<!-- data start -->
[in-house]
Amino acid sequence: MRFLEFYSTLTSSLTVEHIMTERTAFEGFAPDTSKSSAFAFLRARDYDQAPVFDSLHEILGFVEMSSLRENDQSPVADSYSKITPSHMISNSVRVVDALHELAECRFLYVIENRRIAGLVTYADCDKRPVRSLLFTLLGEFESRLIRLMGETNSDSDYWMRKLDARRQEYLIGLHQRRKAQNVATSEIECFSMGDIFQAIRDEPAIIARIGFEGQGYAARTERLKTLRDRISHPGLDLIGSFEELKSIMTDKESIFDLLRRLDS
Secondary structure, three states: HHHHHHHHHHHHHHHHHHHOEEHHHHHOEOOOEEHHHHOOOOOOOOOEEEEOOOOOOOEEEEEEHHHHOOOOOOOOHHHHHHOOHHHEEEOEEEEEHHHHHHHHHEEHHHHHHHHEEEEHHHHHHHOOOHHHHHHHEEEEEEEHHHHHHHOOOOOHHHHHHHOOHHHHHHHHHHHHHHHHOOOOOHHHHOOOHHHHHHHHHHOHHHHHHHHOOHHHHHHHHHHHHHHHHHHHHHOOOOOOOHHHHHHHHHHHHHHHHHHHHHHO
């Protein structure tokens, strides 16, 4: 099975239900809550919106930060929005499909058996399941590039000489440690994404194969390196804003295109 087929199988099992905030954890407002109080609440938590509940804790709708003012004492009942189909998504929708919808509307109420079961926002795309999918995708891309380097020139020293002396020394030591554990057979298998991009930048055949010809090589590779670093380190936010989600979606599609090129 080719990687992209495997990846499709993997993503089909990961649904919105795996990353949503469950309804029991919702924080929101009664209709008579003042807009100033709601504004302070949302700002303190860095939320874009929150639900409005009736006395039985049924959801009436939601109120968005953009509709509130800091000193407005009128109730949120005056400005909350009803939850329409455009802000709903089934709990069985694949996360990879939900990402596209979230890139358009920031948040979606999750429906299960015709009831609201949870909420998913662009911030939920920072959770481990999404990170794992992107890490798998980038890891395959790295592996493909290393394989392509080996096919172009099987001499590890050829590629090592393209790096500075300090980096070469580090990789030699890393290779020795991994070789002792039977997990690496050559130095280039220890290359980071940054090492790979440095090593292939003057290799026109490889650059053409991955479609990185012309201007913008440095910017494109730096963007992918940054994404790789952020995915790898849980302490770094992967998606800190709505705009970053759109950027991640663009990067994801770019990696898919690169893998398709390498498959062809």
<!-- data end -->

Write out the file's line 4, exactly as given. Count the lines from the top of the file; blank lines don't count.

């Protein structure tokens, strides 16, 4: 099975239900809550919106930060929005499909058996399941590039000489440690994404194969390196804003295109 087929199988099992905030954890407002109080609440938590509940804790709708003012004492009942189909998504929708919808509307109420079961926002795309999918995708891309380097020139020293002396020394030591554990057979298998991009930048055949010809090589590779670093380190936010989600979606599609090129 080719990687992209495997990846499709993997993503089909990961649904919105795996990353949503469950309804029991919702924080929101009664209709008579003042807009100033709601504004302070949302700002303190860095939320874009929150639900409005009736006395039985049924959801009436939601109120968005953009509709509130800091000193407005009128109730949120005056400005909350009803939850329409455009802000709903089934709990069985694949996360990879939900990402596209979230890139358009920031948040979606999750429906299960015709009831609201949870909420998913662009911030939920920072959770481990999404990170794992992107890490798998980038890891395959790295592996493909290393394989392509080996096919172009099987001499590890050829590629090592393209790096500075300090980096070469580090990789030699890393290779020795991994070789002792039977997990690496050559130095280039220890290359980071940054090492790979440095090593292939003057290799026109490889650059053409991955479609990185012309201007913008440095910017494109730096963007992918940054994404790789952020995915790898849980302490770094992967998606800190709505705009970053759109950027991640663009990067994801770019990696898919690169893998398709390498498959062809």